"But what about the right to protect the
people from exploitation?" cried the sharp,
rising female voice, followed immediately
by a rousing chorus of yeas and cheers.
"Profits up, temperature down, let's get
Exxon out of town," resumed the chant. Prof.
John Young, director of the Engineering
Placement Office, cast his eyes to the floor,
but stood his ground. He has received such
visitors before, and will undoubtedly receive
them again.
INSIDE ONE of the cubicles a good-natur-
ed organization man from Exxon (black
rim glasses, slight in stature, about thirty
years old) was waging a ragged argument
with several activists.
"But I work for the oil company and
I have to put up with the same stuff," he
pleaded, grin on his face and hand in the
air palm outward. Two photographers snap-
ped pictures; a reporter took notes. "Are
any of you engineering students?" he con-
tinued through a barrage of challenges.
"We don't need to be engineering stu-
dents to know this stuff," answered a pro-
testor with a lofty, nasal I'm-an-articulate-
young-man delivery. "We know that the
corporation you work for is ripping off the
people and plundering the earth."
"Sooner or laterithese places are ging
to have to be exploited."
"Exploited?" responded the three protest-
ors archly.
"Yes, exploited. It's oil, you know, and
it has to get used up sooner or later."
"EXXON OFF CAMPUS," shouted t h e
crowd out in the hall heavily.
"Price wars have all disappeared in the
last two years!" nagged another protestor.
"Well?" challenged the recruiter as he
flung himself backward in his chair. 'So
what are you saying?"
"What do you think happened i 1776? It
was a conspiracy between the East India
Tea Company and George VIII's prime min-
isters . .."
"Look," interrupted the recruiter. "We're
all frustrated by these things ..."
"But not your corporation president," shot
back his opponent.
"He's one of the most frustrated people I
know," said the recruiter with great sincer-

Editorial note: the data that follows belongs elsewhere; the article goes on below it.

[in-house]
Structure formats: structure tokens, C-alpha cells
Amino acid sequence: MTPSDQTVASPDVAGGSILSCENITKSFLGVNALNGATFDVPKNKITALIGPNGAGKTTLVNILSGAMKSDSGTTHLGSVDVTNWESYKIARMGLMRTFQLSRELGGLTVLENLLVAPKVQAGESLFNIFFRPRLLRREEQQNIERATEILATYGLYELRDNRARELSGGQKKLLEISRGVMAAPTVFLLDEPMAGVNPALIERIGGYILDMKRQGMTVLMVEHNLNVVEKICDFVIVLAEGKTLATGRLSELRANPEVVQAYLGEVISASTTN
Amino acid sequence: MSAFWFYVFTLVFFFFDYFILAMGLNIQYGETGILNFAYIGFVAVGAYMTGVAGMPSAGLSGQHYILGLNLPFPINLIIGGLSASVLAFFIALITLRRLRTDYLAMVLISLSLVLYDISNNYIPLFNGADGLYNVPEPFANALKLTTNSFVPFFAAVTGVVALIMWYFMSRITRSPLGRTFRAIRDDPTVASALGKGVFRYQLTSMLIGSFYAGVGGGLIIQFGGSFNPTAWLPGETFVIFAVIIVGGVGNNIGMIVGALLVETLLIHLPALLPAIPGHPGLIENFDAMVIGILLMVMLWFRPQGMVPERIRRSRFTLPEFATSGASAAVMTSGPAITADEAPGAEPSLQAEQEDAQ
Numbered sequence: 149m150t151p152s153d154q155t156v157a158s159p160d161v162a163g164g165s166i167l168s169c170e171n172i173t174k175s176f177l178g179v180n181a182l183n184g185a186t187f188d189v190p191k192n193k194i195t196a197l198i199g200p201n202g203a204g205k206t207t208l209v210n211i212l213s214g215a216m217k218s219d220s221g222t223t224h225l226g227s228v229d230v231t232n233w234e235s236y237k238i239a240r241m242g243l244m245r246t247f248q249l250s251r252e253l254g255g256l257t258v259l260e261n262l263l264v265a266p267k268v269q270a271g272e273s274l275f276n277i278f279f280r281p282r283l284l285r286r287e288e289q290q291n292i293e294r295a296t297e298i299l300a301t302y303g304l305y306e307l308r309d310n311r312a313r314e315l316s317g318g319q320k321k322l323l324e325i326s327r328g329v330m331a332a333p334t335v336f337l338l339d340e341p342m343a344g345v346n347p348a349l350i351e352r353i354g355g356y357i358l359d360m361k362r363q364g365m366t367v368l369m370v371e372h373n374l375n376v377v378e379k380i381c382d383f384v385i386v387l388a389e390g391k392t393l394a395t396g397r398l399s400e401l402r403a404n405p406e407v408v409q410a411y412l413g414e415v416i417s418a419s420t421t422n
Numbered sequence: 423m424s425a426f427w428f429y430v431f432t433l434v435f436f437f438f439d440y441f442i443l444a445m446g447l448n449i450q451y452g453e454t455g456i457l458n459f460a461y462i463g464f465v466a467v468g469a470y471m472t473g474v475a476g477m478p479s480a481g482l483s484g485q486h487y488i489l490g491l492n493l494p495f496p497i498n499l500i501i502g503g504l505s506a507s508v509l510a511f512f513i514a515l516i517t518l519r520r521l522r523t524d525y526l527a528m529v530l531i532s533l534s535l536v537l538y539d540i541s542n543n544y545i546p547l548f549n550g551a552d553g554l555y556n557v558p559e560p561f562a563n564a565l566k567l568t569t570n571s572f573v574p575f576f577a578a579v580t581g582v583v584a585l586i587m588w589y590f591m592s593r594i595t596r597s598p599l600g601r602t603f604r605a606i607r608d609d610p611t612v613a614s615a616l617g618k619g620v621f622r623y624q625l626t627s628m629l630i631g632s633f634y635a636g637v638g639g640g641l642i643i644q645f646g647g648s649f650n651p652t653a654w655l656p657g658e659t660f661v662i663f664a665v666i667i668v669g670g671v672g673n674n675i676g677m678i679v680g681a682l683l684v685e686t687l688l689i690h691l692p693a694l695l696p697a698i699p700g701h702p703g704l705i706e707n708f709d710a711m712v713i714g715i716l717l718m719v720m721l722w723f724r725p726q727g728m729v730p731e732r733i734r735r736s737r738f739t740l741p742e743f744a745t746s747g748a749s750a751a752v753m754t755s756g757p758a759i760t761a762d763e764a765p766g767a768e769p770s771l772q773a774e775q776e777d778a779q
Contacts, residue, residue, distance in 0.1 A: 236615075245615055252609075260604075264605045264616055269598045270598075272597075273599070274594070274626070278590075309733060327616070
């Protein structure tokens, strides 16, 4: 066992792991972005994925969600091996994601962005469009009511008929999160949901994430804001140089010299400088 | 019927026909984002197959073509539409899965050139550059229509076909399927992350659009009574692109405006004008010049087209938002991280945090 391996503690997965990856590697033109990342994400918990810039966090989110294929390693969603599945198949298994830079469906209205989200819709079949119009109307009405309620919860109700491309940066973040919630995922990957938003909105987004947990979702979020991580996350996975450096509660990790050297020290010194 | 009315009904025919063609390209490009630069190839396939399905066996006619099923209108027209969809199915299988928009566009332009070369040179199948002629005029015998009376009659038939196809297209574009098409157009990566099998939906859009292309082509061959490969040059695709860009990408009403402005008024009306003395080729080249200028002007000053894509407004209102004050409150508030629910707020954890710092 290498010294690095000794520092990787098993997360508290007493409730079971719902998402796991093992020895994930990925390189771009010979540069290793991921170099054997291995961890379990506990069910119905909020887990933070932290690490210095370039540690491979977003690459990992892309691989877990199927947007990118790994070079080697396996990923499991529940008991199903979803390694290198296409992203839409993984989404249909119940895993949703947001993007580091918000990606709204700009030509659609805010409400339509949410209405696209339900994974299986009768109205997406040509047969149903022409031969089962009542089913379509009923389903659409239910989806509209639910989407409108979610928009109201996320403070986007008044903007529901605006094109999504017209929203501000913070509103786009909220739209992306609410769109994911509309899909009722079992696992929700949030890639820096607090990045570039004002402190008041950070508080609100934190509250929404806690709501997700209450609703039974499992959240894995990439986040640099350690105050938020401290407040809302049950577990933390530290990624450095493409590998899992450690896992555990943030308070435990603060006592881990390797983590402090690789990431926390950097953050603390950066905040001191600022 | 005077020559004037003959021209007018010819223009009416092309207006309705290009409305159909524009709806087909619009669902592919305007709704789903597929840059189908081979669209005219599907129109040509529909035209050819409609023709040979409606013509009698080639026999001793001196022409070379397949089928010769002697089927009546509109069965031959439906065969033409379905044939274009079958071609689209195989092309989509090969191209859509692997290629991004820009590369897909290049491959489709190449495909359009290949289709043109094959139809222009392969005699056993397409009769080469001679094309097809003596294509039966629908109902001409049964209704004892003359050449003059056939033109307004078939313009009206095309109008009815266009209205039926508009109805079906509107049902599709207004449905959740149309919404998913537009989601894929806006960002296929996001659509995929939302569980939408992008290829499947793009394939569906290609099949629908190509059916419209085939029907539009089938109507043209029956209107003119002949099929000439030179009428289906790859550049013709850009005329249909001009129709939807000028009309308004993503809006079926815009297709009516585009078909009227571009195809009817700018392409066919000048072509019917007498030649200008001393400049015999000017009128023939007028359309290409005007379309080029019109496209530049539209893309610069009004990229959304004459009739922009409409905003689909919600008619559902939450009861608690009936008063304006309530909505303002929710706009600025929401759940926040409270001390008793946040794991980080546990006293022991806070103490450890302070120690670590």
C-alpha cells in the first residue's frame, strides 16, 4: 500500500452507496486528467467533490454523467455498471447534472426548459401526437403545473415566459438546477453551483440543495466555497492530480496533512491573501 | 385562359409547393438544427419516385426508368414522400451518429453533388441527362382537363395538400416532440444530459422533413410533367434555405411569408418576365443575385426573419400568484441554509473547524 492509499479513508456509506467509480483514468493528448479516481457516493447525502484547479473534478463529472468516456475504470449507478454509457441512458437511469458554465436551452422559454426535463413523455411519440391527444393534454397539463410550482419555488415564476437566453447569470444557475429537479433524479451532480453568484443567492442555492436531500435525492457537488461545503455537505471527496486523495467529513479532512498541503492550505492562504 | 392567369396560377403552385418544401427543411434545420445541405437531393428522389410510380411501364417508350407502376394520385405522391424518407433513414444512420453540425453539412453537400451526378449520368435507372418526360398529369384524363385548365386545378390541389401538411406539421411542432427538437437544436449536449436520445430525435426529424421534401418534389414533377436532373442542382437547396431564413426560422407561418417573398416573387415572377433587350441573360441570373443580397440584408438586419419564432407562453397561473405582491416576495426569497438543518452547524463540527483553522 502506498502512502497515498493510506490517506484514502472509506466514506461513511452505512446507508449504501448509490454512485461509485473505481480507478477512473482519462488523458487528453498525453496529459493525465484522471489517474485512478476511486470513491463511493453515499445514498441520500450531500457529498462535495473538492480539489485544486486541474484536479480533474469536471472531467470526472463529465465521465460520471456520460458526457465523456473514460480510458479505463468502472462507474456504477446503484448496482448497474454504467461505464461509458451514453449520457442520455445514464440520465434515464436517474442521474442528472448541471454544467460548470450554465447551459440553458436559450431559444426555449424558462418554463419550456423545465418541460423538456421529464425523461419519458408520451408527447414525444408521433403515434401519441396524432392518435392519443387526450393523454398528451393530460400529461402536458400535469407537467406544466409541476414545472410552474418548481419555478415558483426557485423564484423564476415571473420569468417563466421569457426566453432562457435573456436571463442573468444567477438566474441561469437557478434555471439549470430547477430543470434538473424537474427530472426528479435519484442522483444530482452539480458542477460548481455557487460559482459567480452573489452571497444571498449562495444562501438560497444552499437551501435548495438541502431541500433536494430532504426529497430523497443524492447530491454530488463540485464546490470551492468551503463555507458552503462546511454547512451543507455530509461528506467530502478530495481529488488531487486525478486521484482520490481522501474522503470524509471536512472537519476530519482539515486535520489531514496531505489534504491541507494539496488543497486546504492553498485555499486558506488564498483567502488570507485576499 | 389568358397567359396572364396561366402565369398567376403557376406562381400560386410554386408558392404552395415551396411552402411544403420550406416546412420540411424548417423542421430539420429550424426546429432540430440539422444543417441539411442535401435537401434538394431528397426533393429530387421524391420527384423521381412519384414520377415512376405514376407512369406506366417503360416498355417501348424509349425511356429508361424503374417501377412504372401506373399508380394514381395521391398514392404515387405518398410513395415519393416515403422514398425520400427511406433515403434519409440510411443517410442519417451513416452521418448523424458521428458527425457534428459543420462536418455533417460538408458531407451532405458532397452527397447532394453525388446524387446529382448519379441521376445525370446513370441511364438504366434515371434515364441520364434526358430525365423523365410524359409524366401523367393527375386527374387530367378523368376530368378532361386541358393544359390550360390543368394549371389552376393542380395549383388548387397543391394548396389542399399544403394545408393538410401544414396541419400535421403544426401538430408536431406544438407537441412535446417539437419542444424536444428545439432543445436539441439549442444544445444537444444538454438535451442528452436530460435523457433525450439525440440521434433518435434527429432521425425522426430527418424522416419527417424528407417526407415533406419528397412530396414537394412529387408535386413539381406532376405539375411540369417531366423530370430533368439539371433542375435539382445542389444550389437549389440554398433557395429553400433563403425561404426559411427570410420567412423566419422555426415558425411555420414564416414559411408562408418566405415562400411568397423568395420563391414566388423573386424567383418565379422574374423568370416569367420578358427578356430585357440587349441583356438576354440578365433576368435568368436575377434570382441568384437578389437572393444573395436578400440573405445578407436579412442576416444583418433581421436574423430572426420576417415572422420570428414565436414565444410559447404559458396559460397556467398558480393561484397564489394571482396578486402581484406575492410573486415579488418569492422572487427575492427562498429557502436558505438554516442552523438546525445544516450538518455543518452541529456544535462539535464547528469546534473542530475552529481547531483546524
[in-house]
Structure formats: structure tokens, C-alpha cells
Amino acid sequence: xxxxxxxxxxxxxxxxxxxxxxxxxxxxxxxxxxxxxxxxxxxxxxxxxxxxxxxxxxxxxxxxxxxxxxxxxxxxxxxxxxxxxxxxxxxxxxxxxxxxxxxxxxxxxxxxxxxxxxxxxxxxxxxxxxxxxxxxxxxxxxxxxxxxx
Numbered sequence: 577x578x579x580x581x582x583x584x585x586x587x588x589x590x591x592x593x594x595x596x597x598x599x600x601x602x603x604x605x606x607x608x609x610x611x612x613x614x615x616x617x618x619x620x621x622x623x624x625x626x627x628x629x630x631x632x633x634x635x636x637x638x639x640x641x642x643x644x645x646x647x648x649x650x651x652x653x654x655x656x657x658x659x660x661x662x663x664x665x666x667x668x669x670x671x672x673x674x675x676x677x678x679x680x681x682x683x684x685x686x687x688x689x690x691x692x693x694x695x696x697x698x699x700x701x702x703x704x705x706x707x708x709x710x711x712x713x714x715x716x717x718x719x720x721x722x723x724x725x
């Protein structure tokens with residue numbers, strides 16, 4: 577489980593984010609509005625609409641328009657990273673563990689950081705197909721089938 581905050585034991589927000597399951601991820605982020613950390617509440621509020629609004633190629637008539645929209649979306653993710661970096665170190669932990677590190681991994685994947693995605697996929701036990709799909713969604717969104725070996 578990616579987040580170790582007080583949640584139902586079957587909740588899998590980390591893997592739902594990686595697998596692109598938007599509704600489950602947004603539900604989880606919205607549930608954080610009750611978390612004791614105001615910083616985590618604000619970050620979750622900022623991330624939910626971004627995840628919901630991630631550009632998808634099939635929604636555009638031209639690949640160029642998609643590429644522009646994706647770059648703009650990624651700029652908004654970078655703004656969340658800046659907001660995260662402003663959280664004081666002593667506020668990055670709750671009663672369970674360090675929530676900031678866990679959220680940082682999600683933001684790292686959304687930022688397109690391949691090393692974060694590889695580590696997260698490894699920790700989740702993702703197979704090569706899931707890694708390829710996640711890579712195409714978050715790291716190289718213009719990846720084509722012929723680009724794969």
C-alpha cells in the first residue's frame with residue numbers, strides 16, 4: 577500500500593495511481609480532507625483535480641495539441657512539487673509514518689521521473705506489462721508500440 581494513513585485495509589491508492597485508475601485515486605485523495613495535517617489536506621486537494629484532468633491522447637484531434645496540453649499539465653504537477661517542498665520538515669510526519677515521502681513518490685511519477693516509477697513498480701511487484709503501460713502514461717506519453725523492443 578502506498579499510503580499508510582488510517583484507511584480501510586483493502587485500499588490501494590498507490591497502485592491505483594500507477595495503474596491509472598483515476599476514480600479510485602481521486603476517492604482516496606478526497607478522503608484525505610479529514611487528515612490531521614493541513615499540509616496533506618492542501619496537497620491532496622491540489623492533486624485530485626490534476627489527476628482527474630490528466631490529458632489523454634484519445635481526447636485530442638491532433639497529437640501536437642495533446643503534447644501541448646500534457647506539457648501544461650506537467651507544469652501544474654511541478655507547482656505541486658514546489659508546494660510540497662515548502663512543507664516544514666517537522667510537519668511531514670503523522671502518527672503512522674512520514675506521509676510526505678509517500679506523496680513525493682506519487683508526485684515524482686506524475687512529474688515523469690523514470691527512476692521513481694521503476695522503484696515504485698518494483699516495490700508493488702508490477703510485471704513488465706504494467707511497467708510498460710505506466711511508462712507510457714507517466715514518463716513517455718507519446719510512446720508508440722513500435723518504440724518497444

ity, bringing his hand down flat on the
handful of engineering students lingered on
in the hall.
"The poor bastards who're getting inter-
viewed are on edge anyway," complained
"I don't want to come to any flash con-
clusions about this protest," cautioned an
engineer in a business suit waiting to be
interviewed. "But you need an expert to
solve these problems. They ought to get
some of these professors around here to
come up with some ideas for solving the
energy crisis."
"Exxon knows what it's doing," observed
another, "but I don't think these people do."
"How's that?" I asked.
"Just now I asked this fellow what good
the demonstration was doing and he couldn't
tell me. He went on and on about how
Exxon was cutting off oil supplies to inde-
pendents, raising prices and conspiring to
monopolize the industry, how it was ex-

ploiting people and ruining the environment,
but he never told me what good it was going
to do for him and a bunch of other people
to come over here and demonstrate. I'm an
engineer, so I think about how to get things

done. This didn't get anything done."
ROUNDING A CORNER as I was leav-
ing the building, I came upon an astonish-
ing sight. Here, just out of sight from where
the protestors had shouted slogans for half
an hour, was an appointment window and a
bulletin board with half a dozen interview
schedules, before which stood a dozen peo-
ple busily pegging their names to the inter-
view lists of organizations with such names.
as the General Electric Company, U.S. Gov't
Navy/Naval Weapons Laboratory and the
Chrysler Corporation.
"Here's where the interviewing schedules
for the week are put up," pointed an en-